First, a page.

Weapons systems that fire autonomously are the apotheosis of elites insulating themselves from accountability.
The aversion I have to autonomous weapons dates back to a bygone afternoon when I sat playing Golden Eye, a James Bond-themed video game that I was progressing through with all the alacrity of its lead character until I reached the jungle level. Expert as I was at evading enemy soldiers, I found myself gunned down in a spray of machine-gun bullets, which turned out to be motion activated. "Oh bollocks," I cursed, determined to stay in character. "That's hardly sporting."
I suppose some of you will think I'm a nutty conspiracy theorist when I inform you that many inside the Defense Department are eager to deploy machines on the battlefield that autonomously kill rather than requiring human intervention to "pull the trigger." It sounds like dystopian fiction. But it has its champions, and most informed observers think it's inevitable that they'll win victories in coming years. There aren't even many objections to autonomous military hardware that doesn't kill: Think of drones that take off, surveil, and land entirely on autopilot. Is the day coming when drones like that are armed, programmed to seek out certain sorts of images, and automated to fire in certain circumstances? The short answer is that, given present trends, it's a realistic possibility.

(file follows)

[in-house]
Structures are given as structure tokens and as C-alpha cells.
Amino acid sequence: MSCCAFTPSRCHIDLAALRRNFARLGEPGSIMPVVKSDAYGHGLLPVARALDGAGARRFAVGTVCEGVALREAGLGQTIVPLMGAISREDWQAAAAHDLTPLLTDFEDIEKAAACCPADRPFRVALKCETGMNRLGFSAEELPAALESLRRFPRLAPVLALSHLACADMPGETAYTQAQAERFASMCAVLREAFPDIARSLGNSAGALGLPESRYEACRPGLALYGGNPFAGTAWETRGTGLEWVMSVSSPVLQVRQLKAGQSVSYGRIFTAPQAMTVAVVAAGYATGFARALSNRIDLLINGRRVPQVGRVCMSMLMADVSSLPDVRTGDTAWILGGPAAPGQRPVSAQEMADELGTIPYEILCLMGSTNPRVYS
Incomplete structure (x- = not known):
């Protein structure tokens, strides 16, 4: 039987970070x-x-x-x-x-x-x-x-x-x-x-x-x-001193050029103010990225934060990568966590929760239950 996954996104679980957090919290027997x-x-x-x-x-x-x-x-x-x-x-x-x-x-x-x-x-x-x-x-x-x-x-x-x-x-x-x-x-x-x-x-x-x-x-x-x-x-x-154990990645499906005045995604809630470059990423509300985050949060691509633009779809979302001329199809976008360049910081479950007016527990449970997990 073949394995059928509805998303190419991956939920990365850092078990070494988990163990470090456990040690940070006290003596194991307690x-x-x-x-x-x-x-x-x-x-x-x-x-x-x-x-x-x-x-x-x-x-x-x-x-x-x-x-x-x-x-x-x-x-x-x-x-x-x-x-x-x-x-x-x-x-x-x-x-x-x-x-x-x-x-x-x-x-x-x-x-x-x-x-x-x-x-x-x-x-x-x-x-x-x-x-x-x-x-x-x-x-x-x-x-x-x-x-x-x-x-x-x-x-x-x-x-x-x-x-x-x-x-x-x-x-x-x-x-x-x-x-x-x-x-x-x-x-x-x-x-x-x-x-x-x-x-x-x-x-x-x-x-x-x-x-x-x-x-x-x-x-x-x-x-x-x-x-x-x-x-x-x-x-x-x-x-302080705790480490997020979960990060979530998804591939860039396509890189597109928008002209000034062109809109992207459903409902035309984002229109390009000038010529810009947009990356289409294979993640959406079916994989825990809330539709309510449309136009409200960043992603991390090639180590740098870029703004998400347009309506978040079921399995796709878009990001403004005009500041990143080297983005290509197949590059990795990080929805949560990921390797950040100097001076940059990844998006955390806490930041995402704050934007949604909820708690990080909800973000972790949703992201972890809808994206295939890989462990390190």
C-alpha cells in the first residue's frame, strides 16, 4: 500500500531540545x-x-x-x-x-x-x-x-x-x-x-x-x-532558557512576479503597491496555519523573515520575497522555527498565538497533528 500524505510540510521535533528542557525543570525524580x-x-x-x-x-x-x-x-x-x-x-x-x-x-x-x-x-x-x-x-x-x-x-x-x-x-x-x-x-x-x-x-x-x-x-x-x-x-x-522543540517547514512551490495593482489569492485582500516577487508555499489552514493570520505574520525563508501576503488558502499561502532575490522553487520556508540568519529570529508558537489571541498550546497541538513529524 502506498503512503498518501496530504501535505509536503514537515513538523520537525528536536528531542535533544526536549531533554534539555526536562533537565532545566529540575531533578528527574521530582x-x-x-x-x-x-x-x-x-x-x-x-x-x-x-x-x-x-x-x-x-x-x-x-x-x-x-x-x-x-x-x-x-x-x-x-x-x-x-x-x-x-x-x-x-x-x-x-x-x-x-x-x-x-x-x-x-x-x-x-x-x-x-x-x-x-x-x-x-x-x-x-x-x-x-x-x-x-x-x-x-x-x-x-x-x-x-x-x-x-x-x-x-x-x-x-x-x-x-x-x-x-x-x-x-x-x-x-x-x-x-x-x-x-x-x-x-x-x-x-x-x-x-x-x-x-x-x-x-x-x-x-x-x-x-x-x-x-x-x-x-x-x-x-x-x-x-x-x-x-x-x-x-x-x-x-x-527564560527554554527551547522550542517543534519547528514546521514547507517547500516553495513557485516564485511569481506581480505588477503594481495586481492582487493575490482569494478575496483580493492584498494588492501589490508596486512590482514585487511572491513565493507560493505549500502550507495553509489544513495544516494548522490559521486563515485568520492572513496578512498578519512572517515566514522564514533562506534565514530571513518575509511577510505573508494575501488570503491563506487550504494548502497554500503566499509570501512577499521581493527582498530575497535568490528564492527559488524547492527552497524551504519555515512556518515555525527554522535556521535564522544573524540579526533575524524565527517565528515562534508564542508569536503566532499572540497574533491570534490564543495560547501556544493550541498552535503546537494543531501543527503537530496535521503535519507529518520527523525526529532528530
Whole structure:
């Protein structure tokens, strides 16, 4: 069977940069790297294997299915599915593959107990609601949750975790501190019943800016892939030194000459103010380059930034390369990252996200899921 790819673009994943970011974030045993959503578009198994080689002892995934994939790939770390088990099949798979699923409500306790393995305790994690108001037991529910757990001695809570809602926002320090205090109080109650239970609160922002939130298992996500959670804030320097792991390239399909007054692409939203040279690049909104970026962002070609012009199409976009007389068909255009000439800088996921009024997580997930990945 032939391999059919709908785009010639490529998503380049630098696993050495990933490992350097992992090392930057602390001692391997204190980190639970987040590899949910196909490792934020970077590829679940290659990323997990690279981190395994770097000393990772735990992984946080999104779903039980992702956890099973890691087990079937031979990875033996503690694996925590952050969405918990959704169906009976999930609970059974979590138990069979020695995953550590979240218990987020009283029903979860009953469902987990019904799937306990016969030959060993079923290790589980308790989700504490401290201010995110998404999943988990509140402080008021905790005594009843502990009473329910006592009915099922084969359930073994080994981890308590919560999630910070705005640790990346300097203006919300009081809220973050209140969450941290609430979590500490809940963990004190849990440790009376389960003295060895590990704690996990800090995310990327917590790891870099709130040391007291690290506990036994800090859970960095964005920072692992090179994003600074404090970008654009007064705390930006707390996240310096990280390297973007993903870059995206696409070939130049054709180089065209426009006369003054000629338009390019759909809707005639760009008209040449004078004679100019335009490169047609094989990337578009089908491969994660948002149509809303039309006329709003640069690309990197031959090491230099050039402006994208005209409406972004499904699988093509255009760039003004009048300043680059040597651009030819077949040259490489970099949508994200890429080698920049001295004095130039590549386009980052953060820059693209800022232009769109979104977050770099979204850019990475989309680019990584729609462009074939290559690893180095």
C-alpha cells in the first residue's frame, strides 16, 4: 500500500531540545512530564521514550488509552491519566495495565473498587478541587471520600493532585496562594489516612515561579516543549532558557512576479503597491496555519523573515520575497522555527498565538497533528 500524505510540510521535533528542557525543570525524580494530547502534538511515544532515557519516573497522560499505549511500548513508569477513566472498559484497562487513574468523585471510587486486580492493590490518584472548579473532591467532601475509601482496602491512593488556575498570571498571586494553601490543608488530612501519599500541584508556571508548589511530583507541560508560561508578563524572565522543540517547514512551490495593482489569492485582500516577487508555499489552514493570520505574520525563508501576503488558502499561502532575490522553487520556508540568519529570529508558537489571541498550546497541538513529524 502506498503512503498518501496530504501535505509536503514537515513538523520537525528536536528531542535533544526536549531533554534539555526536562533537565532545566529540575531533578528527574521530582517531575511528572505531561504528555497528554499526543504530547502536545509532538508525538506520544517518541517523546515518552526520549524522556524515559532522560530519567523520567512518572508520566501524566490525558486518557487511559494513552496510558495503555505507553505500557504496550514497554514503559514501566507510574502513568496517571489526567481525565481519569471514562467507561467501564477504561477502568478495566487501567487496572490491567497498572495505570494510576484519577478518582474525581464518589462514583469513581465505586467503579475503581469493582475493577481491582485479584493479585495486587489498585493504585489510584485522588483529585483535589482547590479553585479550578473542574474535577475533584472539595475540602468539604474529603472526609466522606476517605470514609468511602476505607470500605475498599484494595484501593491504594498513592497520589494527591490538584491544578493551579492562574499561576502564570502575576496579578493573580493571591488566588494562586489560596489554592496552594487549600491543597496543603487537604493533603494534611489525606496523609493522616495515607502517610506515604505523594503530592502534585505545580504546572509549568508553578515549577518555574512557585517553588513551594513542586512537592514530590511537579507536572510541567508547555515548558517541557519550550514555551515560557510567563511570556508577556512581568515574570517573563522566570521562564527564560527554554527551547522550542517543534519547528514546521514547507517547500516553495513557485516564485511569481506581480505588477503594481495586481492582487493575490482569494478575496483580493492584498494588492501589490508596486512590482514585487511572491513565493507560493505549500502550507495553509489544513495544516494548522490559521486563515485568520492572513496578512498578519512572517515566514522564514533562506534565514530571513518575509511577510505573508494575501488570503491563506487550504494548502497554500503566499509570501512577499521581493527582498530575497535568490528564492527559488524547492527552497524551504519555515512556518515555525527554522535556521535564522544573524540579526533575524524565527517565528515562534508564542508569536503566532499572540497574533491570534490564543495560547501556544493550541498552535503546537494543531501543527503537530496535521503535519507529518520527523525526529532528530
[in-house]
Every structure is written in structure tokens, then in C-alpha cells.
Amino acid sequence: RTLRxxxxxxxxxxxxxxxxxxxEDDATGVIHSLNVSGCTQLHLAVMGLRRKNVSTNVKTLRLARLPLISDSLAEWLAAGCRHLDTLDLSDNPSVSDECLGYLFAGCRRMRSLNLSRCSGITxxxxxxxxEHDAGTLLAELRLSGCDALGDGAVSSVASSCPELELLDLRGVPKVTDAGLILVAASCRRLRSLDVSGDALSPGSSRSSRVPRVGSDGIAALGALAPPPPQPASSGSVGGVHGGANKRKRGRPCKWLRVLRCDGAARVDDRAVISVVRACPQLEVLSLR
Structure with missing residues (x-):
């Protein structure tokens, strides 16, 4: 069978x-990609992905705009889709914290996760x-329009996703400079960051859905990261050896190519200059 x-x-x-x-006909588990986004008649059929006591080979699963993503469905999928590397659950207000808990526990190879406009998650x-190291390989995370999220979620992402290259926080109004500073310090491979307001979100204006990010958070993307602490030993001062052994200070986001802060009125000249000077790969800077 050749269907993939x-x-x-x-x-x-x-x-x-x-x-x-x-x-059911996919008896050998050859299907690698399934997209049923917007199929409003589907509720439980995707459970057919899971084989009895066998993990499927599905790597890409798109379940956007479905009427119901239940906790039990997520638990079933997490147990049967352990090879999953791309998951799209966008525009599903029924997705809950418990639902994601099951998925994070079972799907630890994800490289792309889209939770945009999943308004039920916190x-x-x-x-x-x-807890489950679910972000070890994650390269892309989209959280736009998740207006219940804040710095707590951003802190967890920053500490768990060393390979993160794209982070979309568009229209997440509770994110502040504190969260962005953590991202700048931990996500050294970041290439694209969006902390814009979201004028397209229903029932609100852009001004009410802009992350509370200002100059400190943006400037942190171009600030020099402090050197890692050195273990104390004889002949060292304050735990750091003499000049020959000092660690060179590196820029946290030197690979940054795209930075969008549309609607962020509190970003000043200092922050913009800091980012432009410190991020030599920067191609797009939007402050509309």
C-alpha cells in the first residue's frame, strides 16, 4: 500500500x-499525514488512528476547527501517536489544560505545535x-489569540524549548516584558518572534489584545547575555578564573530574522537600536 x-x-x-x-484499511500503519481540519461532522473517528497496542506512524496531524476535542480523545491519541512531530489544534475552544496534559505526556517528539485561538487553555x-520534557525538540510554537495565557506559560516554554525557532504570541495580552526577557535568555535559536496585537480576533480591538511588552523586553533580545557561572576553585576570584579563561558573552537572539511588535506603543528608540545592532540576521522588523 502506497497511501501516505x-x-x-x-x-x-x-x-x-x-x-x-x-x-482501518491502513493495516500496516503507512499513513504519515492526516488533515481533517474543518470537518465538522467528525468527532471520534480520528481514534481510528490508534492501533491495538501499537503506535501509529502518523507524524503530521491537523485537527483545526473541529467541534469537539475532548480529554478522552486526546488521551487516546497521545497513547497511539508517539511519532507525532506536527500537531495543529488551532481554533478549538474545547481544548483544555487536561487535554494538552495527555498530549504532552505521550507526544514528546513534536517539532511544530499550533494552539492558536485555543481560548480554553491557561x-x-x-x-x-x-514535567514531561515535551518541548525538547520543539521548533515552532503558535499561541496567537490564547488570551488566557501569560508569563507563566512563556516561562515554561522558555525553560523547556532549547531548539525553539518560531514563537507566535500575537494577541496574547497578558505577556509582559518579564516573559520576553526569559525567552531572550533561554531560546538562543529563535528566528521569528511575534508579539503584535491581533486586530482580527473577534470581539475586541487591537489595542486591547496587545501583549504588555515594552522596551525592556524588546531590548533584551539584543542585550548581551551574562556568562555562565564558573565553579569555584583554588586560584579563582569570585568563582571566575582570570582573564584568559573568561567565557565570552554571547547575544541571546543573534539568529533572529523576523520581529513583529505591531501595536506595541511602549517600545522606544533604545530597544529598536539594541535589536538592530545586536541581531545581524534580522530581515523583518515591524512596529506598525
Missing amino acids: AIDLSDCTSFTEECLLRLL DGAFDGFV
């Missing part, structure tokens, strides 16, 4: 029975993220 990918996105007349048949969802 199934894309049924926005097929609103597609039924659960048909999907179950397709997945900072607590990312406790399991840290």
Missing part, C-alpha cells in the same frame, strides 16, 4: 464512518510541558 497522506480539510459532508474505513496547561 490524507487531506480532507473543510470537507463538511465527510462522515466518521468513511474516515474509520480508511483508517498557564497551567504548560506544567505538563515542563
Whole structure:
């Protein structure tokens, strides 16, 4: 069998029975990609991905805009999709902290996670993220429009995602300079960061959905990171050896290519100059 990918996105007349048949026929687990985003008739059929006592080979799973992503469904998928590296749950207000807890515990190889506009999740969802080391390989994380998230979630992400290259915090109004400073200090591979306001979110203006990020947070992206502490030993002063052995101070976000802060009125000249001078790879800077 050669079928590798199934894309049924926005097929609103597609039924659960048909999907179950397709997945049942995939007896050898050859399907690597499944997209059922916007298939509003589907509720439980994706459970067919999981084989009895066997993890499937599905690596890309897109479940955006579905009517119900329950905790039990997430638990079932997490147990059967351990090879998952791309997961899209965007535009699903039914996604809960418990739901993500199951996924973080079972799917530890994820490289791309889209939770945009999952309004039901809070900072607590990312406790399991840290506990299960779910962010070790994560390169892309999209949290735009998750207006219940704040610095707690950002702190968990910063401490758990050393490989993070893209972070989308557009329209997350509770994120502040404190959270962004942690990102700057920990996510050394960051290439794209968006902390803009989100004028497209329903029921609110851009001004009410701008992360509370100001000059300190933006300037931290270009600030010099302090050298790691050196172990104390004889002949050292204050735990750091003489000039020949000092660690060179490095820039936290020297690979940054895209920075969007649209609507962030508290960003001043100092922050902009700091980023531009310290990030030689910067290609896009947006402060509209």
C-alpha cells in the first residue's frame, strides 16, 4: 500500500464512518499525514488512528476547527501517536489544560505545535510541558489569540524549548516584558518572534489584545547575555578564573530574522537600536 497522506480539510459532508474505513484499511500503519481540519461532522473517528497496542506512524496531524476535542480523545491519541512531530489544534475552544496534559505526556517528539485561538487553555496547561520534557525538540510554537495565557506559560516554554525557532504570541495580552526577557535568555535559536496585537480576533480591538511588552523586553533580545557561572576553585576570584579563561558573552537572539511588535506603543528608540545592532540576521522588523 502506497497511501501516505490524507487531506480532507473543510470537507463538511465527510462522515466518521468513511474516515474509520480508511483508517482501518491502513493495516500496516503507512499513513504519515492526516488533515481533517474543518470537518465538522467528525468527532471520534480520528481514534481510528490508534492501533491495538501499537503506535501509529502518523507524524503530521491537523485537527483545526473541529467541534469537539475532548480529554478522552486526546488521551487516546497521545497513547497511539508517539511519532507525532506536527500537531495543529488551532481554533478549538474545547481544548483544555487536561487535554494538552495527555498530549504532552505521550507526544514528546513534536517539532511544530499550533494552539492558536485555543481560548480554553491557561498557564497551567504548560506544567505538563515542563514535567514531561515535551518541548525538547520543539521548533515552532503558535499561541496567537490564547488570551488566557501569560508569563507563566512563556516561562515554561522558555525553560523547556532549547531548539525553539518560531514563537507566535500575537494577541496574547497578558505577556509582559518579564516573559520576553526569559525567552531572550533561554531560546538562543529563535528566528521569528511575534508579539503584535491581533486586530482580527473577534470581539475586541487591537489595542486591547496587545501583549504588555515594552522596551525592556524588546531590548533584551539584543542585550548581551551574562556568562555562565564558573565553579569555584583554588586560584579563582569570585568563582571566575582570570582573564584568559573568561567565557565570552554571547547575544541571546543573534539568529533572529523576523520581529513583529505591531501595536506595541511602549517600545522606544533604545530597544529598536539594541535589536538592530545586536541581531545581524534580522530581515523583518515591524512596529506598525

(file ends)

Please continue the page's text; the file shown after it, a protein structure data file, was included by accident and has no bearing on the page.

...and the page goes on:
Noel Sharkey is shaken and stirred -- and he isn't alone. As he recently noted in The Guardian, Human Rights Watch is so concerned that they're calling on international actors to immediately "prohibit the development, production and use of fully autonomous weapons through an international legally binding instrument; and adopt national laws and policies to prohibit the development, production, and use of fully autonomous weapons." Would that President Obama listened.